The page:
He laughed and said, “Yes. And then Bob and I are going to Vegas with the extra dollars that we DON’T put into the cash register.”
Finally. Honesty in the garage! I appreciated Guy Three’s honest answer.
And then he said, “Actually, it’s $39.99. And you needed it. And I can tell that you have no idea what either of those two hammerheads told you.”
Was it really THAT obvious? And should you refer to your coworkers as hammerheads to the customers?
So blue-eyed, super young Guy Three went on to explain it all to me in a “See Dick run; see Jane run; see Spot run” sort of way. And I understood it, people! And I told Guy Three, “Listen. You should teach a class on small engine repair to women. I totally understood every word you said. I have no idea if I’ll retain all this information tomorrow, but I understood it. For the moment.”
And then I paid my extravagant bill, and I left.
And Hubs basically informed me that a Jedi I will never be. I had forgotten my training. My JUST SAY NO TO EVERYTHING AT THE GARAGE training.
I know; I’m a total disappointment to the Force.
And now I’ll have to forage through the swamp and the foggy marsh, while packing a pointy-eared, green troll on my back, who is constantly yammering on about how I’m much too old to start the training while he twirls his light saber at me. I will relearn the training in this swamp. The troll will become too heavy for me to carry, and I will never want to be stranded in the mud and the muck with him again, so I will learn my lesson.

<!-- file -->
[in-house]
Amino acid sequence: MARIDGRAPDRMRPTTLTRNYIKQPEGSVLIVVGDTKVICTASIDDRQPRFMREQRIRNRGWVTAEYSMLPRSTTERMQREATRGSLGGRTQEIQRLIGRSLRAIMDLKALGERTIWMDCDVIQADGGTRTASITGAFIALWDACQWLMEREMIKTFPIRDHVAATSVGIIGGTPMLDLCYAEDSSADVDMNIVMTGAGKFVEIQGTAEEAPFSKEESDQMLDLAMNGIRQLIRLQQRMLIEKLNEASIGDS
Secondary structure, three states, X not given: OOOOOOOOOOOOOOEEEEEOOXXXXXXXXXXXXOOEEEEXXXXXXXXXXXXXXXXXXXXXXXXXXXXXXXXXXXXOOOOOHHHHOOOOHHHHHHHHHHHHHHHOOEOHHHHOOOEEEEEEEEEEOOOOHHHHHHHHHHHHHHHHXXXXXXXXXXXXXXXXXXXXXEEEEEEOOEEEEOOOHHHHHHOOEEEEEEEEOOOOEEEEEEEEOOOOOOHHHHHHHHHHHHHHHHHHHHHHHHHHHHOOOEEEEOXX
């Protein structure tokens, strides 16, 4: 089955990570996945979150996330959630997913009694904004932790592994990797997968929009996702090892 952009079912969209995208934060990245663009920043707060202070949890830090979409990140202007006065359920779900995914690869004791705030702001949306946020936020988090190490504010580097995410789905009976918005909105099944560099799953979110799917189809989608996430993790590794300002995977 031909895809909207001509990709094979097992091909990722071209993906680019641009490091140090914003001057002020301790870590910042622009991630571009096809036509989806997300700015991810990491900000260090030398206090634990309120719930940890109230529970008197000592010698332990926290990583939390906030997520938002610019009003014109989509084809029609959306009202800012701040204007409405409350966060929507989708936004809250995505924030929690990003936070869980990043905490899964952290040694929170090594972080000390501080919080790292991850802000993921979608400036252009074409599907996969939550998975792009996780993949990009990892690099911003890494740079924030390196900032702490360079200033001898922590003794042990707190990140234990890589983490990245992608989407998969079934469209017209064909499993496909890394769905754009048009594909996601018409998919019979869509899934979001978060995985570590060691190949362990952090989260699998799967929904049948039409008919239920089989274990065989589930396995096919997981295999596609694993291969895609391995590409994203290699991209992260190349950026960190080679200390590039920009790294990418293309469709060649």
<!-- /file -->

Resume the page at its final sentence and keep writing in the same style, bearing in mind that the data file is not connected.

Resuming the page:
A Jedi, I will be.
I later texted Hubs and said, “I was just overwhelmed with it all in the oil garage. I saw bright lights and heard Led Zeppelin songs, and I was backed into a corner. I didn’t want the Suburban to explode, and the Led Zeppelin song was driving me crazy. I caved. I said yes.”
I don’t understand them at all. I don’t understand the way they talk. I don’t understand how words like differential and transfer case and transmission make sense to them.
But then, I imagine that Hubs didn’t waste half of his day yesterday on the computer, sighing over the fact that PRINCE WILLIAM! AND KATE! ENGAGED! Because if there’s one thing that makes my heart mushy, it’s a royal wedding.
Because, while I don’t understand differential and transfer case and transmission, I do understand GOWN and JEWELRY and TRAIN and BRIDE’S MAIDS.
I just hope that Prince William’s wedding turns out as nice as Hubs’ and mine did. You know, I hope they have a great potato salad on the buffet table, like we did.
And if they ever get news that their Suburban may turn into a fiery inferno due to a leak somewhere in the gear box because the seals are broken, I hope that they just buy a brand new one.
And I hope Kate keeps the bedroom and living room clean.
Happy Wednesday night, y’all.